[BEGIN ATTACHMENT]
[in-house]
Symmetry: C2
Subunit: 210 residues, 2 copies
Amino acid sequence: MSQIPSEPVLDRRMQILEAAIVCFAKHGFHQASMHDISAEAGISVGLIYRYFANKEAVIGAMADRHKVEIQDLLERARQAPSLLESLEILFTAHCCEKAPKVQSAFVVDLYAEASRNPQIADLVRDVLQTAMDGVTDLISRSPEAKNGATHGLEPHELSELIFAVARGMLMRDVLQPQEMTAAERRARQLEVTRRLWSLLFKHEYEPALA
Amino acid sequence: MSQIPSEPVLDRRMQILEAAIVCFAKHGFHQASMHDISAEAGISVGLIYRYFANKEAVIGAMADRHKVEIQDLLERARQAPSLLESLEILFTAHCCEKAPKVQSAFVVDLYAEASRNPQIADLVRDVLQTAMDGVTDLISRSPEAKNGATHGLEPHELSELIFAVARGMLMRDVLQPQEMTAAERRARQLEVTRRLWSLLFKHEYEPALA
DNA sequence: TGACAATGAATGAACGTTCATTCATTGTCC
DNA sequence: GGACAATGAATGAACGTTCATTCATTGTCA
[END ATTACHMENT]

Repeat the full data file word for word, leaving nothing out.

[in-house]
Symmetry: C2
Subunit: 210 residues, 2 copies
Amino acid sequence: MSQIPSEPVLDRRMQILEAAIVCFAKHGFHQASMHDISAEAGISVGLIYRYFANKEAVIGAMADRHKVEIQDLLERARQAPSLLESLEILFTAHCCEKAPKVQSAFVVDLYAEASRNPQIADLVRDVLQTAMDGVTDLISRSPEAKNGATHGLEPHELSELIFAVARGMLMRDVLQPQEMTAAERRARQLEVTRRLWSLLFKHEYEPALA
Amino acid sequence: MSQIPSEPVLDRRMQILEAAIVCFAKHGFHQASMHDISAEAGISVGLIYRYFANKEAVIGAMADRHKVEIQDLLERARQAPSLLESLEILFTAHCCEKAPKVQSAFVVDLYAEASRNPQIADLVRDVLQTAMDGVTDLISRSPEAKNGATHGLEPHELSELIFAVARGMLMRDVLQPQEMTAAERRARQLEVTRRLWSLLFKHEYEPALA
DNA sequence: TGACAATGAATGAACGTTCATTCATTGTCC
DNA sequence: GGACAATGAATGAACGTTCATTCATTGTCA